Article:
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Current Year Tax Map
Publication 51
taxmap/pubs/p51-002.htm#en_us_publink1000195518

3. Wages and Other Compensation(p9)

rule
Cash wages that you pay to employees for farmwork are generally subject to social security tax and Medicare tax. You may also be required to withhold, deposit, and report Additional Medicare Tax. See section 4 for more information. If the wages are subject to social security and Medicare taxes, they are also subject to federal income tax withholding. You may also be liable for FUTA tax, which is not withheld by you or paid by the employee. FUTA tax is discussed in section 10. Cash wages include checks, money orders, etc. Do not count as cash wages the value of food, lodging, and other noncash items.
For more information on what payments are considered taxable wages, see Publication 15 (Circular E).
taxmap/pubs/p51-002.htm#en_us_publink1000195519

Commodity wages.(p9)

rule
Commodity wages are not cash and are not subject to social security and Medicare taxes or federal income tax withholding. However, noncash payments, including commodity wages, are treated as cash wages (see above) if the substance of the transaction is a cash payment. These noncash payments are subject to social security and Medicare taxes and federal income tax withholding.
taxmap/pubs/p51-002.htm#en_us_publink1000264465

Other compensation.(p9)

rule
Publications 15-A and 15-B discuss other forms of compensation that may be taxable.
taxmap/pubs/p51-002.htm#en_us_publink1000195520

Family members.(p9)

rule
Generally, the wages that you pay to family members who are your employees are subject to social security and Medicare taxes, federal income tax withholding, and FUTA tax. However, certain exemptions may apply for your child, spouse, or parent. See the table, How Do Employment Taxes Apply to Farmwork, in
section 12.
taxmap/pubs/p51-002.htm#en_us_publink1000195522

Household employees.(p9)

rule
The wages of an employee who performs household services, such as a maid, babysitter, gardener, or cook, in your home are not subject to social security and Medicare taxes if you pay that employee cash wages of less than $1,800 in 2013.
Social security and Medicare taxes do not apply to cash wages for housework in your private home if it was done by your spouse or your child under age 21. Nor do the taxes apply to housework done by your parent unless:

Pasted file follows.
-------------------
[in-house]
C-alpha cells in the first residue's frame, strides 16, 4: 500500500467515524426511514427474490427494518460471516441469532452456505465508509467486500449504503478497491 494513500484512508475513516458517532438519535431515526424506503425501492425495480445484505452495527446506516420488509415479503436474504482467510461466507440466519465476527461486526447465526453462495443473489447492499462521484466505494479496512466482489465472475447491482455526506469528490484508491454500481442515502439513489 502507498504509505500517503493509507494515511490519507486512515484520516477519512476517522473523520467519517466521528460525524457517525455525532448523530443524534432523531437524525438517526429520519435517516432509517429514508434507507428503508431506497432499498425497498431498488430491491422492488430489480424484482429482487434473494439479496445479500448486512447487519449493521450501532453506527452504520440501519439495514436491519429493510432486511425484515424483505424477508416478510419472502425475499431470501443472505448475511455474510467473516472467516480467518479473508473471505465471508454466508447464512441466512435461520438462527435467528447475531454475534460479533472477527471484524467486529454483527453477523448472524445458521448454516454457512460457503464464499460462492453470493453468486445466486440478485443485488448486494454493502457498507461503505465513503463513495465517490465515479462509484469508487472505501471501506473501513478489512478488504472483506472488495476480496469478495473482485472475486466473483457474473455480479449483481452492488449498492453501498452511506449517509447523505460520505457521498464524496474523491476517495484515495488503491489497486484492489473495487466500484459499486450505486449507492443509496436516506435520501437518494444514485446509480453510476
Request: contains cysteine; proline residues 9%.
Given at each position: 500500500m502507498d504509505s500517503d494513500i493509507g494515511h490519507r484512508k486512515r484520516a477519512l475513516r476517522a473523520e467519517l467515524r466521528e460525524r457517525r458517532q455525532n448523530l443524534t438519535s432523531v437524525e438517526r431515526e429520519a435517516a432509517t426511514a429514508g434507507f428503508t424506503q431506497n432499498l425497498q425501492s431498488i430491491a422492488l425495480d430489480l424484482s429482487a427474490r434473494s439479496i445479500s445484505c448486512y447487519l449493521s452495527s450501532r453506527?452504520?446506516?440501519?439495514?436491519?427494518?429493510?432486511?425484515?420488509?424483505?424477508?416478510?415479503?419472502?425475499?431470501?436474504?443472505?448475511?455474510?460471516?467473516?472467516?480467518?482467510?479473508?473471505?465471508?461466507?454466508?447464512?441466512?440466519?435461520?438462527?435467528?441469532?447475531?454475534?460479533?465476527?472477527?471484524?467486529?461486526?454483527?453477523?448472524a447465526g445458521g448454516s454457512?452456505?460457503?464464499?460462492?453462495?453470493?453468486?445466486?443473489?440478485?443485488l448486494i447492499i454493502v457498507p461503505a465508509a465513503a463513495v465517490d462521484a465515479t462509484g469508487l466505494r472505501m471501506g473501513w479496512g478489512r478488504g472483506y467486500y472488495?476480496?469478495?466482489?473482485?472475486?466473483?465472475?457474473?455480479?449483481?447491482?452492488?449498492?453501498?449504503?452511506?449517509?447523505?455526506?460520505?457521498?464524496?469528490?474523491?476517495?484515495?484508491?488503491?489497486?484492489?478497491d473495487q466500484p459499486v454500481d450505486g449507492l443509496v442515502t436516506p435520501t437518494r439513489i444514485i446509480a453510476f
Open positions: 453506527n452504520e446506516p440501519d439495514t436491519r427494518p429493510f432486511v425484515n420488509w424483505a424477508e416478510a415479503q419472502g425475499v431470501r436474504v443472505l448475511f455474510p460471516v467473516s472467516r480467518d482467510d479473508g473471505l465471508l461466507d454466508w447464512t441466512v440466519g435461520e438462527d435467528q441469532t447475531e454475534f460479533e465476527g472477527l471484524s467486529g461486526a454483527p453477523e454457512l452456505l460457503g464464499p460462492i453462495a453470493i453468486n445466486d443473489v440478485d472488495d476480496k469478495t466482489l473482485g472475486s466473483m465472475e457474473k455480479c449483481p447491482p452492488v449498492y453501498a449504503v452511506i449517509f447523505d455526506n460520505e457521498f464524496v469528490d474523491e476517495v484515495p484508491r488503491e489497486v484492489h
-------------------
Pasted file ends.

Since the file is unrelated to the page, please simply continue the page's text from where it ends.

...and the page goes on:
For more information, see Publication 926, Household Employer's Tax Guide.
EIC
Wages for household work may not be a deductible farm expense. See Publication 225, Farmer's Tax Guide.
taxmap/pubs/p51-002.htm#en_us_publink1000264466

Share farmers.(p9)

rule
You do not have to withhold or pay social security and Medicare taxes on amounts paid to share farmers under share-farming arrangements.
taxmap/pubs/p51-002.htm#en_us_publink1000195524

Compensation paid to H-2A visa holders.(p9)

rule
Report compensation of $600 or more paid to foreign agricultural workers who entered the country on H-2A visas in box 1 of Form W-2 but do not report it as social security wages (box 3) or Medicare wages (box 5) on Form W-2 because compensation paid to H-2A workers for agricultural labor performed in connection with this visa is not subject to social security and Medicare taxes. On Form W-2, do not check box 13 (Statutory employee), as H-2A workers are not statutory employees. An employer is not required to withhold federal income tax from compensation it pays an H-2A worker for agricultural labor performed in connection with this visa unless the worker asks for withholding and the employer agrees. In that case, the worker must give the employer a completed Form W-4. Federal income tax withheld should be reported in box 2 of Form W-2. These reporting rules apply when the H-2A worker provides his or her taxpayer identification number (TIN) to the employer.
For rules relating to backup withholding and reporting when the H-2A worker does not provide a TIN, see the Instructions for Form 1099-MISC and the Instructions for Form 945.